Comparing Change-Score And ANCOVA Methods of Analyzing Data

When analyzing educational data, statisticians often find associations between the initial status of their subjects and the subjects' growth after an experiment. These associations incur a bias which can obfuscate the true improvement of a subject. The two methods typically used in this sort of analysis, Change-Score and ANCOVA (also known as regressor-variable), incur different biases. Statisticians have debated for decades which method is generally better suited to the task—in other words, which method generally incurs a smaller bias.

In their 2016 article "Accounting for the Relationship Between Initial Status and Growth in Regression Models," Sean Kelly and Feifei Ye argue that the appropriate method depends on multiple factors, including measurement error and any intrinsic associations between initial status and growth. They simulated hundreds of possible scenarios and provided several tables showing what the bias would be in each case, for both methods of analysis. These used particular statistics: Cohen's d (for the group difference in initial status), the sample size (N), any intrinsic association between initial status and growth (δ), and the reliability of the achievement scores at Time 1 and Time 2* (r). Given this data, one could find the corresponding bias, which is considered significantly large if it is greater than 0.5.

We have converted these tables into a program that will take input for the statistics above and return a table of the bias discovered for that scenario for each method. If the reliability is unknown, it will return a table with the biases for every reliability in the list. The bias with the smaller absolute value will be highlighted in green, and any biases with an absolute value greater than 0.5 will be printed in red text.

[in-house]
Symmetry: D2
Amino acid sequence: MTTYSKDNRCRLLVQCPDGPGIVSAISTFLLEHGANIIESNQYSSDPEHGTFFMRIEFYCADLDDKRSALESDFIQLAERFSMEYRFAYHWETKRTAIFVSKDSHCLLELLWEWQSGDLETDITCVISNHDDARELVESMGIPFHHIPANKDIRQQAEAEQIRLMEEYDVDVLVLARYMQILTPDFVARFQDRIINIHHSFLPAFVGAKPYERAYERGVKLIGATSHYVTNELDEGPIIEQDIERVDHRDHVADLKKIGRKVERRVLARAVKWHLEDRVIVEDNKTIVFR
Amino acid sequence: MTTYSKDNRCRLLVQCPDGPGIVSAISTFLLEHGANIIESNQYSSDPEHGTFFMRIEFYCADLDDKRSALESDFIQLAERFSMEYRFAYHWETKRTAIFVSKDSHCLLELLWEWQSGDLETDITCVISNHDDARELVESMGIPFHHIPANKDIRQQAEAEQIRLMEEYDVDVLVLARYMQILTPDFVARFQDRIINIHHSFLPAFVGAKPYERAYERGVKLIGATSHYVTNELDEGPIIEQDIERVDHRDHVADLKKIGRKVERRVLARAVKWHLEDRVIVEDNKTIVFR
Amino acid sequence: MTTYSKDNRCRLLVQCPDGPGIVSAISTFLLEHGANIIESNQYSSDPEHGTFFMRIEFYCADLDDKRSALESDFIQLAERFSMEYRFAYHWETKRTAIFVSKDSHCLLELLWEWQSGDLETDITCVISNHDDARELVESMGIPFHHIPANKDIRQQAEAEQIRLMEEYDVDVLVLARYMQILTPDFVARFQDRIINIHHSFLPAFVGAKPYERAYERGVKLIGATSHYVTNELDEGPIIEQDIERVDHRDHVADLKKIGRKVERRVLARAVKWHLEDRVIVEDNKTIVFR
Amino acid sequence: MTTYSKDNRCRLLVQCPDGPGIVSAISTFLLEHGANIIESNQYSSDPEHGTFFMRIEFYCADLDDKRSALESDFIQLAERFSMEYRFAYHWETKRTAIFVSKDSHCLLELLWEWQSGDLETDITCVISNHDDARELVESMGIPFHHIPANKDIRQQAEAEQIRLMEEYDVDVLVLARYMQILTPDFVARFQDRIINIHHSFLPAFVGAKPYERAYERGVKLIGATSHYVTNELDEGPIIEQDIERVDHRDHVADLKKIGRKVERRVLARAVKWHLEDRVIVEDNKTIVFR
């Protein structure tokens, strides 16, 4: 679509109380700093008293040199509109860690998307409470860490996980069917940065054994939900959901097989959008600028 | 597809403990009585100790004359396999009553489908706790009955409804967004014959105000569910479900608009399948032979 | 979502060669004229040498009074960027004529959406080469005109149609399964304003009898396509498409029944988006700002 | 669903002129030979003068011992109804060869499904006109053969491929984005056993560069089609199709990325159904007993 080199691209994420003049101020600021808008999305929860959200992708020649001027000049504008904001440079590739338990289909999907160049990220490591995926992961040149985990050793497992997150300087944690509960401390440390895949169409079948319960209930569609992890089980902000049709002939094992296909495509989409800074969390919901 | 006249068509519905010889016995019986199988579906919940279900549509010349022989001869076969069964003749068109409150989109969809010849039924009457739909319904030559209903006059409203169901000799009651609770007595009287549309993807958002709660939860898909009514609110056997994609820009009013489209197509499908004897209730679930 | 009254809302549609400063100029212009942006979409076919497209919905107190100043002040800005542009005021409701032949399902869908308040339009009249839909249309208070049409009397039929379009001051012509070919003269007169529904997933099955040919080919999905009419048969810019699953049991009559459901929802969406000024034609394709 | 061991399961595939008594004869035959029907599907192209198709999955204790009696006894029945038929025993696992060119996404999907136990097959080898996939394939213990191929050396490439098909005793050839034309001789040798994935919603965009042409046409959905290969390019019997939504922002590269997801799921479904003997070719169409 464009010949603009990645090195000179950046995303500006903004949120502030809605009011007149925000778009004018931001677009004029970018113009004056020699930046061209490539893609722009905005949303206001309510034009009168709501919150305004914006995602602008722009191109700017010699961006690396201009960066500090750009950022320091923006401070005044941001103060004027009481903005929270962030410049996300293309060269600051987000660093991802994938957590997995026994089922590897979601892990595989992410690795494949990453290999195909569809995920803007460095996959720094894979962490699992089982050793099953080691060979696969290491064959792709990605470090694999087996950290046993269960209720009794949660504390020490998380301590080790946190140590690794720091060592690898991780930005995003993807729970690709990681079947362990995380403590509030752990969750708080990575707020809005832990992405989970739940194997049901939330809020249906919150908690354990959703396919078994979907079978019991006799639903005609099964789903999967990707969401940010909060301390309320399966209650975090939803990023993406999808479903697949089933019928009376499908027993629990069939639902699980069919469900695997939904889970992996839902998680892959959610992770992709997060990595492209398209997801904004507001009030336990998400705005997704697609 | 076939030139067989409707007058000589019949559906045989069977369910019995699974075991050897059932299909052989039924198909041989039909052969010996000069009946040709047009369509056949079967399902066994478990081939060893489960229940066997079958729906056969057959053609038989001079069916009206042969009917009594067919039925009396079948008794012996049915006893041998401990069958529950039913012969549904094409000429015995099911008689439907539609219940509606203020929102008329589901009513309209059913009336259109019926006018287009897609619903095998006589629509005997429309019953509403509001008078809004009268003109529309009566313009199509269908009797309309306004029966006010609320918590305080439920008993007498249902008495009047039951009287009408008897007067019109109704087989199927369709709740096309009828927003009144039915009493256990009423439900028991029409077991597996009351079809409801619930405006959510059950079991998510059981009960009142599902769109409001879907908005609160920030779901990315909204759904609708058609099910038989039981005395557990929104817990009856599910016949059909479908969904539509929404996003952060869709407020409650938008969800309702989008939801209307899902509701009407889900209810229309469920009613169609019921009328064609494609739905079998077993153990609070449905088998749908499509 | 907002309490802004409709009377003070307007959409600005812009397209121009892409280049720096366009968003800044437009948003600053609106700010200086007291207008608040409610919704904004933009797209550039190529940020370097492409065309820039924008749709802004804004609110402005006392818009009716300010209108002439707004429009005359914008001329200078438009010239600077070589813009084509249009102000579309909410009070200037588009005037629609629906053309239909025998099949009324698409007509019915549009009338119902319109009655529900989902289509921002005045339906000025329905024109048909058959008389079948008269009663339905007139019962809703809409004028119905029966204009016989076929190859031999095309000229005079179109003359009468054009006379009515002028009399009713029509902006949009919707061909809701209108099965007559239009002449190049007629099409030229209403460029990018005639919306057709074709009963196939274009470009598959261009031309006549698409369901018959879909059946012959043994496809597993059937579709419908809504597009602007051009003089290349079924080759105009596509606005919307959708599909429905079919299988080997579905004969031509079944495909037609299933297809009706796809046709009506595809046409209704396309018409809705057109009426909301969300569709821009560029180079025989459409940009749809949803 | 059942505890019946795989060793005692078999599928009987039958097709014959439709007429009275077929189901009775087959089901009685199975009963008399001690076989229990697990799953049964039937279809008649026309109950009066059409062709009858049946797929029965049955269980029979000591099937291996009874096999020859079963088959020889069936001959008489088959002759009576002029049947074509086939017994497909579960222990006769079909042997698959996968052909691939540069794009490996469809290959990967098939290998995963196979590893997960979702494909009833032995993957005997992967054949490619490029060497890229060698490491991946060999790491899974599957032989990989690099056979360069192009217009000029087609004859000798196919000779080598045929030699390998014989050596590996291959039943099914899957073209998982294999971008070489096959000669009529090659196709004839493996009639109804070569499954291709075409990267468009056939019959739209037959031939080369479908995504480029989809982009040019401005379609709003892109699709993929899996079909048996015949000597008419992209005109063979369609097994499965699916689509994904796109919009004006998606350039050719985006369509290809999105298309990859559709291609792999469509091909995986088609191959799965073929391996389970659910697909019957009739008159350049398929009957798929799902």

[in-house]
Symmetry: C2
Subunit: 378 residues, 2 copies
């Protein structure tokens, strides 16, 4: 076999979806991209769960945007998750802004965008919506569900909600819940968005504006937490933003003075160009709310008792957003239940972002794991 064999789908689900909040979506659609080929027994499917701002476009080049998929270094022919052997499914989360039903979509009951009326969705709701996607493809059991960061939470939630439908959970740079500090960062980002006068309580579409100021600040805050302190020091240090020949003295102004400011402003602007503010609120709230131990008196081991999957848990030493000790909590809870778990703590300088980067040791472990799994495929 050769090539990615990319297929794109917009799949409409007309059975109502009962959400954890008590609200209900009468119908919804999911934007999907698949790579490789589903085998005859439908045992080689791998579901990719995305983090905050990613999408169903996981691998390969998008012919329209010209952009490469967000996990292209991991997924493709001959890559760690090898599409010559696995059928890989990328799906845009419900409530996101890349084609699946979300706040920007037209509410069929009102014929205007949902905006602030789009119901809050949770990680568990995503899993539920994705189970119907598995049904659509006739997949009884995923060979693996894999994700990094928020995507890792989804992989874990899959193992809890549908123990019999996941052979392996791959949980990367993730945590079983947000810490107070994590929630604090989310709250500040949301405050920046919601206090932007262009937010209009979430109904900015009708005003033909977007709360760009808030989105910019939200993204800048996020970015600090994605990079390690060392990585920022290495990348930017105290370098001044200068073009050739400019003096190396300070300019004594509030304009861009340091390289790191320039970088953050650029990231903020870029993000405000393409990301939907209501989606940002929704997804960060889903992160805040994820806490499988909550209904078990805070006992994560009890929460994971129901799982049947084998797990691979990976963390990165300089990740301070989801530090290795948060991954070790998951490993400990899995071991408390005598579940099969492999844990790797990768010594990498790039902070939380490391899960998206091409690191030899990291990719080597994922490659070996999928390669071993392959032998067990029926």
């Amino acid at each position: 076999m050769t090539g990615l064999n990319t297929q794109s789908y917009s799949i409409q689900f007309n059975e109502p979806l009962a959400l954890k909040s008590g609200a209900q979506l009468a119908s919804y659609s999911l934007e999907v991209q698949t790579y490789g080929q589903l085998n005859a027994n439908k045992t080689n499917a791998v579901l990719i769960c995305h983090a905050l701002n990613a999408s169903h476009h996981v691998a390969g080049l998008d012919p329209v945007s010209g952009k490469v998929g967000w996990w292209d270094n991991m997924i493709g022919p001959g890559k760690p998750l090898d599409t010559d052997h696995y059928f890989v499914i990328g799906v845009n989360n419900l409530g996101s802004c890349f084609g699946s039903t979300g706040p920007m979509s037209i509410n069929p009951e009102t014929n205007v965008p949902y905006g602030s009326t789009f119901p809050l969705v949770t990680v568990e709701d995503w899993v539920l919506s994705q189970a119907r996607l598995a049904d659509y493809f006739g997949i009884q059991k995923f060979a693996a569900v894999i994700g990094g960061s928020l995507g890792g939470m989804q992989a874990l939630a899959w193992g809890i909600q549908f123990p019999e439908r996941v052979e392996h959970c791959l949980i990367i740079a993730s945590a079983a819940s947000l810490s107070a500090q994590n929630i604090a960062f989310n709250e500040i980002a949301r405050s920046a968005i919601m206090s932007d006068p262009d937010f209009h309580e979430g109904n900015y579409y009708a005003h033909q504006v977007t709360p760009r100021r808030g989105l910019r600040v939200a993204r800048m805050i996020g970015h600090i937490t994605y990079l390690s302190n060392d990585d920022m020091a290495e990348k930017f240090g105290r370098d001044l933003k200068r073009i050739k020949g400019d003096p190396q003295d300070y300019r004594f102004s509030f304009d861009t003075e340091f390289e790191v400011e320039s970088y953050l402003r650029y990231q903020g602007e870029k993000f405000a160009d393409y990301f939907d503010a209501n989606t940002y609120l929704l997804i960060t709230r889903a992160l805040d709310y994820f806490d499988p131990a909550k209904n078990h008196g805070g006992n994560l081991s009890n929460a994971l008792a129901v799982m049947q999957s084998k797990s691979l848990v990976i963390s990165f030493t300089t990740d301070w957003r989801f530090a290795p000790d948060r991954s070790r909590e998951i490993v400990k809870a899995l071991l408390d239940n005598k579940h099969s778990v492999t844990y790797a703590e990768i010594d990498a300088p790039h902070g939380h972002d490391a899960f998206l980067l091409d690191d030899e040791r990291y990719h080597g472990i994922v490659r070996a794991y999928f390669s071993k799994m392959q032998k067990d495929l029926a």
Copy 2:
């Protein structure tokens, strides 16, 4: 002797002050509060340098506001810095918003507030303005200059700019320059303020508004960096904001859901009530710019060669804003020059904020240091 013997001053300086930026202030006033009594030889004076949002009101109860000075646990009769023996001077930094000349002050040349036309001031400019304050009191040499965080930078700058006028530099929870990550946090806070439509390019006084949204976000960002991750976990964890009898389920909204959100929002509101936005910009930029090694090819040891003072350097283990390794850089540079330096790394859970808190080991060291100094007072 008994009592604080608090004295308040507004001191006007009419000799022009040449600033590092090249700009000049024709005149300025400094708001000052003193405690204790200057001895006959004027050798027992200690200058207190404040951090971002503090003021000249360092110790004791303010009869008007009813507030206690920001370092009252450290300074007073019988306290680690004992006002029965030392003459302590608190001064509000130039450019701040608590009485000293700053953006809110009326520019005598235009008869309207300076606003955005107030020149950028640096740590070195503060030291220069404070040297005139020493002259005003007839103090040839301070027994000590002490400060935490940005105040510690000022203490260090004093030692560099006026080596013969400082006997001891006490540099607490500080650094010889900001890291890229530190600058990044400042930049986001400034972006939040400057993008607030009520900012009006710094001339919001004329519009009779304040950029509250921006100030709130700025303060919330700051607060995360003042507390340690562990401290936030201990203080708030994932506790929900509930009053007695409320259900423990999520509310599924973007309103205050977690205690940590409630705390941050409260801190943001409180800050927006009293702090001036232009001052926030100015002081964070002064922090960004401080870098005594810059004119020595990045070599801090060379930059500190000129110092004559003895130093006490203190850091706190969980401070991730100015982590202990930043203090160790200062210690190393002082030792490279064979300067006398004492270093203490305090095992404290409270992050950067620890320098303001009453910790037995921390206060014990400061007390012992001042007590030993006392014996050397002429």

You can read Kelly and Ye's article here.

Cohen's D:

Sample size (n):

Estimated intrinsic association between initial status and growth (δ):

Estimated reliability (r):

* This assumes a stable reliability. In practice, it is certainly possible for the reliability to be different at each time point, but the authors did not feel this warranted simulations, as there is no rule of thumb as to whether it would generally go up or down. Due to fatigue, the second might be lower, but in education, the spring scores are often the high-stakes ones, so that rule doesn't apply in much ed policy research. Yet there is an assumption there the reader should be aware of.